On Lohri day, colorful fairs or melas are held in many of the villages of Punjab, Himachal and Haryana. These are basically seasonal fairs that celebrate the harvest for the fertility of fields. Lohri fairs are enchantingly picturesque with bustling market springing up, in which food and products of local handicrafts such as toys, glass bangles and an assortment of all kinds of articles for domestic use are on display.
People come to participate in Lohri Melas from far-off places, trudging dusty distances. Men women and children of all ages, classes and creeds flock in hundreds and enjoy the numerous fascinating features of the fair; races, wrestling bouts, singing, acrobatics, etc. They play on folk instruments, such as vanjli and algoza.
There is fun and frolic all round the place where the Lohri fair is organized. The old as well as the young enjoy these fairs to the fullest as these fairs reflects the joy of the community. People enjoy the day inspite of cold weather as they very well know that warmth is not far away. Lohri festival is not just an occasion for festivity and mass gathering but it is an unbounded expression of the spirit of the inner freedom, of creative pride, of zest for life, and of colorful traditions of the people of Punjab.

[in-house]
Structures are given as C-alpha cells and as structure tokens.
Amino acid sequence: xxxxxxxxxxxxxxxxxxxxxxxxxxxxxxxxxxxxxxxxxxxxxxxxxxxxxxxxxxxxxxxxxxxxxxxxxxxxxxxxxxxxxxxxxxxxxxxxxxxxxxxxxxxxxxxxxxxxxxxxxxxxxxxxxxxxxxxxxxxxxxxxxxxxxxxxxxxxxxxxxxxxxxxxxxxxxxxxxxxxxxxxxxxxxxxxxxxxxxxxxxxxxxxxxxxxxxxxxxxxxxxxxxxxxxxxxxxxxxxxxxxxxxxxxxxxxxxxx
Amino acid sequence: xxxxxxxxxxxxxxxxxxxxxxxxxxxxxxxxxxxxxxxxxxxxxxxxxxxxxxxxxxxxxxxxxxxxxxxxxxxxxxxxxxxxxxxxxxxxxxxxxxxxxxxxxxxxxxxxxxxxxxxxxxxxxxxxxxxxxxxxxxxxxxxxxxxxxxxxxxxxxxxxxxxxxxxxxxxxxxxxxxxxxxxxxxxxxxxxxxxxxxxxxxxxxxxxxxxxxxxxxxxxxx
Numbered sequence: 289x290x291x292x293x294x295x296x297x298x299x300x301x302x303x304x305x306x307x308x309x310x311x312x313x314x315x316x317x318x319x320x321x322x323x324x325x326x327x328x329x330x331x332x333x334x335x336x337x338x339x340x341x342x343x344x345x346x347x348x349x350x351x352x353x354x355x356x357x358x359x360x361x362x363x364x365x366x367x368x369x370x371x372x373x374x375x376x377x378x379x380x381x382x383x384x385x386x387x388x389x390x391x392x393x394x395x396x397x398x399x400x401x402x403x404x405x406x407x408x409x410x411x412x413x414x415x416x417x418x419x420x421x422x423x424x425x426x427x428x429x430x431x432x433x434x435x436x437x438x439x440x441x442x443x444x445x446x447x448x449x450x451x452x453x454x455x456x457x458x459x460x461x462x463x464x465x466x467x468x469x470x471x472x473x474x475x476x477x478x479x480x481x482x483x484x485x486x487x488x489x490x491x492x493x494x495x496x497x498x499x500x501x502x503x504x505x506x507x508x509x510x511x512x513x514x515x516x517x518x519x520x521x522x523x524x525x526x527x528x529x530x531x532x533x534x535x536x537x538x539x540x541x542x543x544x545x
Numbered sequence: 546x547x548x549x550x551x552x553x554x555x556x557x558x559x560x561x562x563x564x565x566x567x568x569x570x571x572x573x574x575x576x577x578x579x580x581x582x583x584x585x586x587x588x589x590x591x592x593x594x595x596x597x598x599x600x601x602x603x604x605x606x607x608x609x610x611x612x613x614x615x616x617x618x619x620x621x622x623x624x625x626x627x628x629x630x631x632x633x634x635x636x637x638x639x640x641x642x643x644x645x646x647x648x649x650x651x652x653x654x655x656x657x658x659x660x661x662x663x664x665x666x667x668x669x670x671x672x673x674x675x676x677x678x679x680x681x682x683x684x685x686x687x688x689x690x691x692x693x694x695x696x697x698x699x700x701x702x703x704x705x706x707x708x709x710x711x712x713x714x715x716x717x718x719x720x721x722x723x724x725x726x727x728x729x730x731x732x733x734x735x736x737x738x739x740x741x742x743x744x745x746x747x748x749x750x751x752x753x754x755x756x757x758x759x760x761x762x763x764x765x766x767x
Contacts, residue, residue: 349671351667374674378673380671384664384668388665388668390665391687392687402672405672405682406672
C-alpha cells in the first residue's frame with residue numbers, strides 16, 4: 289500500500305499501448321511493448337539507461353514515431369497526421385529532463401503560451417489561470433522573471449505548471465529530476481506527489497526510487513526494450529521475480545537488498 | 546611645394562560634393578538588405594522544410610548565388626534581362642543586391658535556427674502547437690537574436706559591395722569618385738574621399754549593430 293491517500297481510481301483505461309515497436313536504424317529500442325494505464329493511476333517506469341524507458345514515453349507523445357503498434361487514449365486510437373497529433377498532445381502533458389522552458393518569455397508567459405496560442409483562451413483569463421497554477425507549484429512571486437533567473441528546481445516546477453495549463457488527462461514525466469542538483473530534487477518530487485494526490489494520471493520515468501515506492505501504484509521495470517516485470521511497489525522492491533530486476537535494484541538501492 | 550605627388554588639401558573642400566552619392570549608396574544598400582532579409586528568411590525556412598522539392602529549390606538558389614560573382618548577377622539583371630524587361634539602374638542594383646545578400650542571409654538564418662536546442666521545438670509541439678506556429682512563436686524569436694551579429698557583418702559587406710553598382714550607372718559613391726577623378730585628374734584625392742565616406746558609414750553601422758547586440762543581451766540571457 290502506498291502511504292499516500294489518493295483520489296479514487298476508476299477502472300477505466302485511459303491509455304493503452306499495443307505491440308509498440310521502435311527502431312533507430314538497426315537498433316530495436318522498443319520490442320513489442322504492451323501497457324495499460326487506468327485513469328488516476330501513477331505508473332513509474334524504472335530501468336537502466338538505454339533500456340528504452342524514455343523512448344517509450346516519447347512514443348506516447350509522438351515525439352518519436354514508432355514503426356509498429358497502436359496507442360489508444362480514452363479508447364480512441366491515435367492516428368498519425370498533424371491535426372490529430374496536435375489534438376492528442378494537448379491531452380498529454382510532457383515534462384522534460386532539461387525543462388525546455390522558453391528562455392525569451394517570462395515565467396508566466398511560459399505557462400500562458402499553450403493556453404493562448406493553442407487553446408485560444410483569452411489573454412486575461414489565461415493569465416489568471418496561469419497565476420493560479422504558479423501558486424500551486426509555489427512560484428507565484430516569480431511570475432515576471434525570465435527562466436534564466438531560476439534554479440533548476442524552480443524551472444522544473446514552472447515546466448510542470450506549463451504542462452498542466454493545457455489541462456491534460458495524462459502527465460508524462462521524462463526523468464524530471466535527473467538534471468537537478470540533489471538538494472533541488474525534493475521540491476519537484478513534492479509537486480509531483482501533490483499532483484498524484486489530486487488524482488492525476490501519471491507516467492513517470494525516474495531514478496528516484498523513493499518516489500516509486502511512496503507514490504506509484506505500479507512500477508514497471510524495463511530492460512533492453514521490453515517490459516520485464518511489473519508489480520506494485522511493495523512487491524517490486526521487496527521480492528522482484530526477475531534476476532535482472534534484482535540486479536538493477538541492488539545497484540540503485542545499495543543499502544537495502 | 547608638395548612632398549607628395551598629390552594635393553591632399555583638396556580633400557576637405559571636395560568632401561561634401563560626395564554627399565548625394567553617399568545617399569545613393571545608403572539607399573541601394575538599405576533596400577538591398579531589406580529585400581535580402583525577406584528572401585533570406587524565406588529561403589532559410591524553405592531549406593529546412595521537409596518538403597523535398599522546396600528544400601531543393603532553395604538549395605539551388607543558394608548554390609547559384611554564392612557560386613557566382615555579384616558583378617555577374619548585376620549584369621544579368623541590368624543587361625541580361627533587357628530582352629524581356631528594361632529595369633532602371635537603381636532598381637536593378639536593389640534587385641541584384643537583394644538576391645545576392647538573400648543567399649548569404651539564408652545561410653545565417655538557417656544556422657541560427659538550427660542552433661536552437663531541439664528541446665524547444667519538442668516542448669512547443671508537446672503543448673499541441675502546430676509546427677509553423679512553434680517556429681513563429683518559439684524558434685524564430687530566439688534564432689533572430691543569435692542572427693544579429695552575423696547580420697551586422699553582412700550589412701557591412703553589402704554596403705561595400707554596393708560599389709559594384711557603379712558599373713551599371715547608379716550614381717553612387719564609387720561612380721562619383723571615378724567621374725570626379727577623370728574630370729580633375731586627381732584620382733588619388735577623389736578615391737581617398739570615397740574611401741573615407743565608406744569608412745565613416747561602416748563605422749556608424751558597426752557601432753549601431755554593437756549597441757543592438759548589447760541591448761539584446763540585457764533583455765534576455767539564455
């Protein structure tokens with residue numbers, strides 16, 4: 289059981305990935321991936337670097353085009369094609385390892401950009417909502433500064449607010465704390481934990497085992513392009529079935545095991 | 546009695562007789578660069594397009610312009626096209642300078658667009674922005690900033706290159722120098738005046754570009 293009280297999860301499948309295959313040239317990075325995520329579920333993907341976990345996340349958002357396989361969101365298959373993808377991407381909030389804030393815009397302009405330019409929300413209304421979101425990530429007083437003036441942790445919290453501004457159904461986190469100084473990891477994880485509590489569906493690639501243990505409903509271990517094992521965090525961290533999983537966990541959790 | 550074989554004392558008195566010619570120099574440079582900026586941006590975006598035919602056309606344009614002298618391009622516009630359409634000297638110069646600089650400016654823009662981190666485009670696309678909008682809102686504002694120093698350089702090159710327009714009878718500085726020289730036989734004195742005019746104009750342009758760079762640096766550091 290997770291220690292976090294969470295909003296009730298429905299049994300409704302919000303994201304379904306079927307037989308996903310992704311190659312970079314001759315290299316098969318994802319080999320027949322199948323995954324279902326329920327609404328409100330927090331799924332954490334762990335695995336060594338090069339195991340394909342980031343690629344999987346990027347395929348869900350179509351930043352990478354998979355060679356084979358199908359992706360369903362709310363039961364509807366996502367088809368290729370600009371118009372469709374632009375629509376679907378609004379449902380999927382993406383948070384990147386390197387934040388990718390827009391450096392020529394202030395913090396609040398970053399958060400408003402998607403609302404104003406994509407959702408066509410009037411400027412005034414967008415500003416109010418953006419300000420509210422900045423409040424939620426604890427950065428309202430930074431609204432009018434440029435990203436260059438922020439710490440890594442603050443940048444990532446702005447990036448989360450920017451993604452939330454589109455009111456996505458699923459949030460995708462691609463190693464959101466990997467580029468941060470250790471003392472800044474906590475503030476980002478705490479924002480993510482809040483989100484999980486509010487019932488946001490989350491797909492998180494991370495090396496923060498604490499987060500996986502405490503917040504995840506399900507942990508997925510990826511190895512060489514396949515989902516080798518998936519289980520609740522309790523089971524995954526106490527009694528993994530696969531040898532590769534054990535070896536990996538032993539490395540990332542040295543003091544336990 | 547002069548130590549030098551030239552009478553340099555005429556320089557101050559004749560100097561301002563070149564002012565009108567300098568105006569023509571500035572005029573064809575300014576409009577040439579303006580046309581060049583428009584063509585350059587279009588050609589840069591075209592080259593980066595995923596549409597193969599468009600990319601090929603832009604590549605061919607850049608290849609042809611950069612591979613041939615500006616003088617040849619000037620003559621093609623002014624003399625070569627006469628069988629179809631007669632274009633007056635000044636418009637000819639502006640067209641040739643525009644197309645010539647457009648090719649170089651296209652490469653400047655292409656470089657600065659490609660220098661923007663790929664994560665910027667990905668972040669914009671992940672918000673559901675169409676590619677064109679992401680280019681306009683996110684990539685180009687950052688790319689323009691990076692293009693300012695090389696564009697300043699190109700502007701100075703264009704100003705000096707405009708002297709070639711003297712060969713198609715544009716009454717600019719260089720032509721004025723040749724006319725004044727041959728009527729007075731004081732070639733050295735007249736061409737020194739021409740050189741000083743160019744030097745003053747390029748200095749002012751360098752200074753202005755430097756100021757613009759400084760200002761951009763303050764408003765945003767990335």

In big cities and towns Lohri Melas are organized before or after the festival to give people an opportunity to get together. Stalls of handicraft and other products besides those selling food are organized in these fairs. Bonfire, joyful competitions along with swings and games are other attractions of traditional Lohri Melas. On several occasions, Lohri Melas are graced by popular singers and dancers making them all the more enjoyable. Punjabis living outside India too organize Lohri Melas and enjoy the festival to the hilt.